Let's talk about bedbugs. They are disgusting, almost impossible to beat, and, apparently, they are back. Morever, they are spreading like plague: a Times Square movie theater closed just Tuesday due to the pests. Now that we have a chance in the news doldrums of August, it's time to get serious about bedbugs, and we're going to do our part. Here, the Wire offers a survey of the last month's commentary on the bedbug crisis, to add to the musing column we already covered on the creature's entomological peculiarities.

  • Thank You, Liberal Environmentalists "Unfortunately, " writes P.J. Gladnick at conservative site Newsbusters, "the EPA has banned since 1972 the only insecticide really effective in combating bed bugs: DDT. ... It will be a case of liberal idealism vs. personal comfort," he predicts. He wonders if the mainstream media will begin to "develop a 'strange new respect' for DDT."
  • Environmentally, Bedbugs a Real Problem, admits John Laumer at Treehugger, covering the various options for dealing with the pests. Moving to the suburbs, "cooking an entire apartment building to bake them out," constant washing, and "multiple (often ineffective) pesticide applications," are all pretty anti-green. Laumer says DDT may become "necessary," but forcefully refutes the suggestion he's seen in some quarters that "the banning of DDT use ... was somehow responsible for the recent return of the bed bug menace." In fact, he points out, "DDT was banned almost 25 years before bedbugs became resurgent."
  • The Pesticide Question Bruce Watson at DailyFinance delves deeper into the DDT matter, and takes a look at what chemicals may still work:
Many people attribute the bedbug resurgence to the 1972 banning of DDT, but the truth is a bit more complicated. ... For much of the last seventy years, the bugs' evolving resistance raced against the development of new poisons. For decades ... the regular arrival of new pesticides consistently kept the menace under control. However, the EPA's decision to ban entire classes of chemicals opened a door for a bedbug resurgence.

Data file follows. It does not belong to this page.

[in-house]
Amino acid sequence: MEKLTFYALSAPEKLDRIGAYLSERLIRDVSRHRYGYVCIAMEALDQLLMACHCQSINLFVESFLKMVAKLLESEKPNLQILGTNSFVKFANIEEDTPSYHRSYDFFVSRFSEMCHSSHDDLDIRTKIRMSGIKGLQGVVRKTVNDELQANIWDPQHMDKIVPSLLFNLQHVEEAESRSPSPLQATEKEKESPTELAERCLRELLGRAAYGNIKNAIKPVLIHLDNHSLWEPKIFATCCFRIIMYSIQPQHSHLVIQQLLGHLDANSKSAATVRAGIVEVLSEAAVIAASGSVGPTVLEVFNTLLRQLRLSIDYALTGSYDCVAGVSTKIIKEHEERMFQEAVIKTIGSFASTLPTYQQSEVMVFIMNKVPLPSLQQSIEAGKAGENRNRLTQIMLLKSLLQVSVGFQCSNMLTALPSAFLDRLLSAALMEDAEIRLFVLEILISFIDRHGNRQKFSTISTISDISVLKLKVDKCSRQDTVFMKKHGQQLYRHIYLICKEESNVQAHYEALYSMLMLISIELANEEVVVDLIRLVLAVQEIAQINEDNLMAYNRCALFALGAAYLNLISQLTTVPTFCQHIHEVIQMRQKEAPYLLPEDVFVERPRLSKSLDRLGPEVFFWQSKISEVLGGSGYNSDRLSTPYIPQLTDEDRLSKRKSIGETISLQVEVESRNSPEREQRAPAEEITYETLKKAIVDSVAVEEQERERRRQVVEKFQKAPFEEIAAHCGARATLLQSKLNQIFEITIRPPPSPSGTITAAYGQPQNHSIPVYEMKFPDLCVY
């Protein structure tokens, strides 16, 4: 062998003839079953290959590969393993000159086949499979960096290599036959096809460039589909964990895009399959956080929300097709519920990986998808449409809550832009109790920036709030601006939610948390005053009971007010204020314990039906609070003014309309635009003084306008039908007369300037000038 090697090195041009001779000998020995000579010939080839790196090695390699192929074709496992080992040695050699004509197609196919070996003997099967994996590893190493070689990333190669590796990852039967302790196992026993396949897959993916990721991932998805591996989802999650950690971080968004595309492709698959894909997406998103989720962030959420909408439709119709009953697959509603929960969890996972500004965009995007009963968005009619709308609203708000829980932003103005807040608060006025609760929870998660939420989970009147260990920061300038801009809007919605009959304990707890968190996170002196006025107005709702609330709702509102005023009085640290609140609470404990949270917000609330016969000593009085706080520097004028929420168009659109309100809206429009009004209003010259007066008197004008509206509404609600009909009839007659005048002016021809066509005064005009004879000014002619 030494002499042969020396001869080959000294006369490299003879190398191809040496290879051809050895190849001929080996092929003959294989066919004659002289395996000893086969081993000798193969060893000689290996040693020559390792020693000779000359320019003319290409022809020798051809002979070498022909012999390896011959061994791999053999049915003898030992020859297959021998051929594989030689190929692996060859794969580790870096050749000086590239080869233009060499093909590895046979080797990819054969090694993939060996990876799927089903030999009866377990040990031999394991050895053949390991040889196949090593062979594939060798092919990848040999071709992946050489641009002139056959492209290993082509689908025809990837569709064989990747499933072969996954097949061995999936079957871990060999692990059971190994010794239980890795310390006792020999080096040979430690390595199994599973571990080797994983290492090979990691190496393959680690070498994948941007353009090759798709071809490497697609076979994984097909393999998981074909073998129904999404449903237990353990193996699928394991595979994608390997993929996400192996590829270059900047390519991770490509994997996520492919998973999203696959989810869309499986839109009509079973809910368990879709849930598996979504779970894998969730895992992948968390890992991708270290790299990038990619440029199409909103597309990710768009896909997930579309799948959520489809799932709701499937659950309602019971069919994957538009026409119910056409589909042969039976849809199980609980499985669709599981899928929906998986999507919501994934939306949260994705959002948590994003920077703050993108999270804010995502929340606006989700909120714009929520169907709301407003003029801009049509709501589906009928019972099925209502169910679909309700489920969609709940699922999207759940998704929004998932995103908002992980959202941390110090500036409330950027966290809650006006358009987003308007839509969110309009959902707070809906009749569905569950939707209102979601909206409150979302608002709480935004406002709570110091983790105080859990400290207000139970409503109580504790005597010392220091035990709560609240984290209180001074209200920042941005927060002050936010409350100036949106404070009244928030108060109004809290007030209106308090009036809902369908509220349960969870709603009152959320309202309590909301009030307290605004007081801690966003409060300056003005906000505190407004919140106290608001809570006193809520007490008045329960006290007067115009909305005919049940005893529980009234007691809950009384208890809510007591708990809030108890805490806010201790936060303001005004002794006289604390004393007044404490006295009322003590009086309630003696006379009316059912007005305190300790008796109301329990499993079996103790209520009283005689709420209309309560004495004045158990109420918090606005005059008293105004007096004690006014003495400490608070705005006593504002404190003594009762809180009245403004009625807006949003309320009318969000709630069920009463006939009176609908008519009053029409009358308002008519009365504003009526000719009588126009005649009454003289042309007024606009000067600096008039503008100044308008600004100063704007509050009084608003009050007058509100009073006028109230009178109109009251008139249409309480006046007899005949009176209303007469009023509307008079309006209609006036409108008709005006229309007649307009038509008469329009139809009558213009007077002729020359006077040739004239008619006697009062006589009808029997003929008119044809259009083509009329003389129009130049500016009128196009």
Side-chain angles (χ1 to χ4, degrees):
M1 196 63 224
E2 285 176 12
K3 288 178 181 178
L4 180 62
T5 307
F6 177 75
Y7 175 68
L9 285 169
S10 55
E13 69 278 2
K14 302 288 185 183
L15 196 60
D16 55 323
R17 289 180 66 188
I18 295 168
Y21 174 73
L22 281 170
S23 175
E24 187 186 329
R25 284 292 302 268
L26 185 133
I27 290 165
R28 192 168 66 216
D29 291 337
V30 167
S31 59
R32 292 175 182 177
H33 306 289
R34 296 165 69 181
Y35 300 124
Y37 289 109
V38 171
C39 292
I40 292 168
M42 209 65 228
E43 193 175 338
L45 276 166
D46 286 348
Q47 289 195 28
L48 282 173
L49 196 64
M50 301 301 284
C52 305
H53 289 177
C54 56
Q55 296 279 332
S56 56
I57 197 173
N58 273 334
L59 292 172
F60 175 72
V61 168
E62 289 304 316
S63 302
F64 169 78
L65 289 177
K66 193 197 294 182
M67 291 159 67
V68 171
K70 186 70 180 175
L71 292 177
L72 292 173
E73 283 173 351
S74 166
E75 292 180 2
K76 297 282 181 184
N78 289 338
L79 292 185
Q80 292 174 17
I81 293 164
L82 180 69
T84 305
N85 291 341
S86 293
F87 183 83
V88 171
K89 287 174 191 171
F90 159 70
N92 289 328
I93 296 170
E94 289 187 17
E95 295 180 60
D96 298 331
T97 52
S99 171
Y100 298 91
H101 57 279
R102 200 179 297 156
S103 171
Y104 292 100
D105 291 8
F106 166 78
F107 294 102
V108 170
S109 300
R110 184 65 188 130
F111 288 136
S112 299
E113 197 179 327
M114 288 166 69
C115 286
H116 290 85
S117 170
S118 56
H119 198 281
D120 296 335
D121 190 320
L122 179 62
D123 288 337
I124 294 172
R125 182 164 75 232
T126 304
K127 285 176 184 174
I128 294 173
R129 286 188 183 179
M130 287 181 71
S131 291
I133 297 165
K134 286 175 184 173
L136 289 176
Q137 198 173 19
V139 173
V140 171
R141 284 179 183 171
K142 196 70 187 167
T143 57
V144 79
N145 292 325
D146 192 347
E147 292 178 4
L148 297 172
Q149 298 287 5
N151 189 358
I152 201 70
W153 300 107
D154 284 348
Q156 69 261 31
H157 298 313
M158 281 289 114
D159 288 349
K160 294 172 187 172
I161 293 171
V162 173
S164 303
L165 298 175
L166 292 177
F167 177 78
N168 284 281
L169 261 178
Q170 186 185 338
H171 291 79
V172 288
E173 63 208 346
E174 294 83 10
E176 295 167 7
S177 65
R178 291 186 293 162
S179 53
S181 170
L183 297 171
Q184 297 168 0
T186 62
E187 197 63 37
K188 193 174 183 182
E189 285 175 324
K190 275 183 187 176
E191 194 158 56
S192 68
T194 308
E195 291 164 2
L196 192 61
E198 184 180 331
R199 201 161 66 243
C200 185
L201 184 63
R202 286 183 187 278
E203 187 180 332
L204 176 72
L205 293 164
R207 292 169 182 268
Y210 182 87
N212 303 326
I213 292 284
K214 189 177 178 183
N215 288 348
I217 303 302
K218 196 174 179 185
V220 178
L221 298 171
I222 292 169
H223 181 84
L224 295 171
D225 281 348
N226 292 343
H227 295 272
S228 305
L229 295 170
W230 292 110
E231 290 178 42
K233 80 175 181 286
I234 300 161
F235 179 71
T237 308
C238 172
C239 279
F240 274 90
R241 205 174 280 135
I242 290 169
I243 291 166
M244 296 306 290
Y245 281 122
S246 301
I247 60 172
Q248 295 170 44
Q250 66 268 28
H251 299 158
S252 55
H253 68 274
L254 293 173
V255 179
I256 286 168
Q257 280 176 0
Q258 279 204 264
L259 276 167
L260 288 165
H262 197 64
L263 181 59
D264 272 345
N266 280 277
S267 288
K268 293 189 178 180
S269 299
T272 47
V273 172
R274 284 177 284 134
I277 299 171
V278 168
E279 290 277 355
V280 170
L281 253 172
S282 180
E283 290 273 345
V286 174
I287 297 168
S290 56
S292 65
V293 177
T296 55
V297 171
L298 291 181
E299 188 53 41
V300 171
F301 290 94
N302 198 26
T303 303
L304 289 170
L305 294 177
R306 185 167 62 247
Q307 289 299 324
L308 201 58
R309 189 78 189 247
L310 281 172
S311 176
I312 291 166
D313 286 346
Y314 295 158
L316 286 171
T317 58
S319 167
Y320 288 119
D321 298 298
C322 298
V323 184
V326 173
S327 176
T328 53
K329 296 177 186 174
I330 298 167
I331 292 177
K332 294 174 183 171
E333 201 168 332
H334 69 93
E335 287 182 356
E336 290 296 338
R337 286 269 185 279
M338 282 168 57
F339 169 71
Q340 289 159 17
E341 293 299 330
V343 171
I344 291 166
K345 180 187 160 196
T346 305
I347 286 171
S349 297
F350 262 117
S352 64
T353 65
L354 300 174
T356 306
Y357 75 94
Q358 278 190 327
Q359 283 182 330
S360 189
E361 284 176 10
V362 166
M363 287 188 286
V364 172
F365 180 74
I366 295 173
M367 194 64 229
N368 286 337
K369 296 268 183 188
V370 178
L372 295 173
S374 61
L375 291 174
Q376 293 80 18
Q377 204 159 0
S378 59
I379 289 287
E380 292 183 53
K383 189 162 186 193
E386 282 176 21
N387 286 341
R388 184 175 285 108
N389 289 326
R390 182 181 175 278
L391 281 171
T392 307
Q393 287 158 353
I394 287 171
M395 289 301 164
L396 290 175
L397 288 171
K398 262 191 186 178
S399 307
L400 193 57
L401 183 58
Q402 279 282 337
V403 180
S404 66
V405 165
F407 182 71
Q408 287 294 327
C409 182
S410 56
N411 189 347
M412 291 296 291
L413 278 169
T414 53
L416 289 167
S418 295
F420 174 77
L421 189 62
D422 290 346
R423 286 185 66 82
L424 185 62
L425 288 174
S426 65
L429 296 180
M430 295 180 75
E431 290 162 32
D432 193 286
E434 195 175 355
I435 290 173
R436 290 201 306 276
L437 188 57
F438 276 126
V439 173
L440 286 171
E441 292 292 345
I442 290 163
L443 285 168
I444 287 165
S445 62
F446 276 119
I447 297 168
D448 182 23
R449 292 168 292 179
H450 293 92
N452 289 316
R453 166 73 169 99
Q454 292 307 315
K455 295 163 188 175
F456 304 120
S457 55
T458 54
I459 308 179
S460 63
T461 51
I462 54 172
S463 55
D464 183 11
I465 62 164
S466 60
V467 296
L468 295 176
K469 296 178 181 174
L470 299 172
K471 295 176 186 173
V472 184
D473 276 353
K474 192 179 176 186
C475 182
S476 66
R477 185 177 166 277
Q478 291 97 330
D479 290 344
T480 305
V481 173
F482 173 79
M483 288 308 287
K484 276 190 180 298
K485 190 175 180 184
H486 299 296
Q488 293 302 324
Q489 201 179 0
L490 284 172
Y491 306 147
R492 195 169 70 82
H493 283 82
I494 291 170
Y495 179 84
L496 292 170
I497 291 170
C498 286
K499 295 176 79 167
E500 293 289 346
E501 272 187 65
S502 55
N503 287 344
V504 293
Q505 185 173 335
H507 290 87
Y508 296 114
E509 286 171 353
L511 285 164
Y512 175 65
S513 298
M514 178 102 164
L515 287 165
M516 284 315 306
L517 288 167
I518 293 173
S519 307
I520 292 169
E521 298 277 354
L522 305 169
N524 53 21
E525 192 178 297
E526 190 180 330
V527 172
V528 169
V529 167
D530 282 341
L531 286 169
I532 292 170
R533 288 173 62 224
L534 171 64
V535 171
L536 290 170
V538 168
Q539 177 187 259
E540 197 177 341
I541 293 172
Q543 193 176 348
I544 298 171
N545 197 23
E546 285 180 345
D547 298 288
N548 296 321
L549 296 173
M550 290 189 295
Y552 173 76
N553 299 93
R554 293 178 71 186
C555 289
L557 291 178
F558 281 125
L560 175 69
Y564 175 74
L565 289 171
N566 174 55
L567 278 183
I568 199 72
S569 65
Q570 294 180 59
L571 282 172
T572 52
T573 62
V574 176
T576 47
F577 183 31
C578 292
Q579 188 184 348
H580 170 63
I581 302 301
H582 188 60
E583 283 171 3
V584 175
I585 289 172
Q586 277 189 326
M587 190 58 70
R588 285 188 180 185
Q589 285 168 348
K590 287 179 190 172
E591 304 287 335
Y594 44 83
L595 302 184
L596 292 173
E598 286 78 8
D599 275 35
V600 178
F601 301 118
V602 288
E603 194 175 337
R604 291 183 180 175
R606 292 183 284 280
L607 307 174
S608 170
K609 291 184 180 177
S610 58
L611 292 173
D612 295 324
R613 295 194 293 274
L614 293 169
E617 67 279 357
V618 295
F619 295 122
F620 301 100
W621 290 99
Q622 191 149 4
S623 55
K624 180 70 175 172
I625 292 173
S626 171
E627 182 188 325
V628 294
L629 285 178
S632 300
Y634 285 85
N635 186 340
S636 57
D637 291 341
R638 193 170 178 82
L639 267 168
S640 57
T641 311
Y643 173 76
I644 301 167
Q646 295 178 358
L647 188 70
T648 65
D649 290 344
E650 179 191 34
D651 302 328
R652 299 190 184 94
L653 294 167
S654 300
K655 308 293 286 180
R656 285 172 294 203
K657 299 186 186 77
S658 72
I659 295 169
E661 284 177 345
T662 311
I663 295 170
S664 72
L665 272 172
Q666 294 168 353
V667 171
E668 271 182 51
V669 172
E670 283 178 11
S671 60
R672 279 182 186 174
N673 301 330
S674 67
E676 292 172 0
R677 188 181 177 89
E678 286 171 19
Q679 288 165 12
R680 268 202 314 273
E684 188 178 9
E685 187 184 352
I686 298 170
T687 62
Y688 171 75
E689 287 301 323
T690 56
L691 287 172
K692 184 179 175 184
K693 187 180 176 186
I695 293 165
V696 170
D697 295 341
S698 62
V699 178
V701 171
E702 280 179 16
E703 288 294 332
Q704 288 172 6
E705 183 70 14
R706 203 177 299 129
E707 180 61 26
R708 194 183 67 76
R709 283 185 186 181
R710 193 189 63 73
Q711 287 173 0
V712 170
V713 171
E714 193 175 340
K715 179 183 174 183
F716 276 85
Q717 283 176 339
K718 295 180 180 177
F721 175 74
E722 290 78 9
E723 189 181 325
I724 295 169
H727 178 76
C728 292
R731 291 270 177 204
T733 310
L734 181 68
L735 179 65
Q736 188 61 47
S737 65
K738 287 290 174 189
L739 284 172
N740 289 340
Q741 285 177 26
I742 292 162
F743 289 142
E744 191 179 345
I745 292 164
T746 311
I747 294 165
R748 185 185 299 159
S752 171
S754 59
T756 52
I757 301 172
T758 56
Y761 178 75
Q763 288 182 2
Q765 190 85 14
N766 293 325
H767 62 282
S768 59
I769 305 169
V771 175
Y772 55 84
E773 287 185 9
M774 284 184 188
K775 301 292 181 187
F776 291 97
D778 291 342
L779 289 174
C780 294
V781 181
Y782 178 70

• Leaving Us With the Following Options "It's worth noting that scientists don't agree on whether a silver-bullet pesticide exist," offers Nina Burleigh at Time; thus, those campaigning for pesticide x or y to be allowed are, in the long run, just wasting time: the bugs will eventually become resistant to those chemicals, too. It turns out "a dose of vigilance--if not outright paranoia--is the best preventative." When bedbugs do strike, the "machines that heat entire rooms to well north of 113°F (45°C), at which point the bugs die," may be the best option.
  • New York City Prepares for Battle "To combat the spread of the insects," notes The New York Times' Javier Hernandez, "the city is urging residents to inspect mattresses and pillows if someone in their household has come into contact with bedbugs. The city recommends using professional exterminators to fight infestations, as well as sealing cracks and eliminating clutter." The insects, he says "are now official on New York City's hit list."
  • Much Good May It Do Newser's Michael Wolff, in a dramatic mood that may prove prescient, calls this "earnest government, but far from any understanding of the existential and apocalyptic nature of the beast." Bedbugs are impossible to get rid of, he writes grimly, and "with them, everything else in your life becomes meaningless ... You can only flee, finally."
  • Dogs to the Rescue  A slightly more upbeat article comes from The Atlantic back in 2009. Pamela Paul tells of the effectiveness of bedbug-detecting dogs. Writes Paul: "if the idea is to use less pesticide, dogs may be your best bet." They can "determine which rooms require attention, avoiding the telltale stench of mass fumigation and saving thousands of dollars by treating only the affected rooms."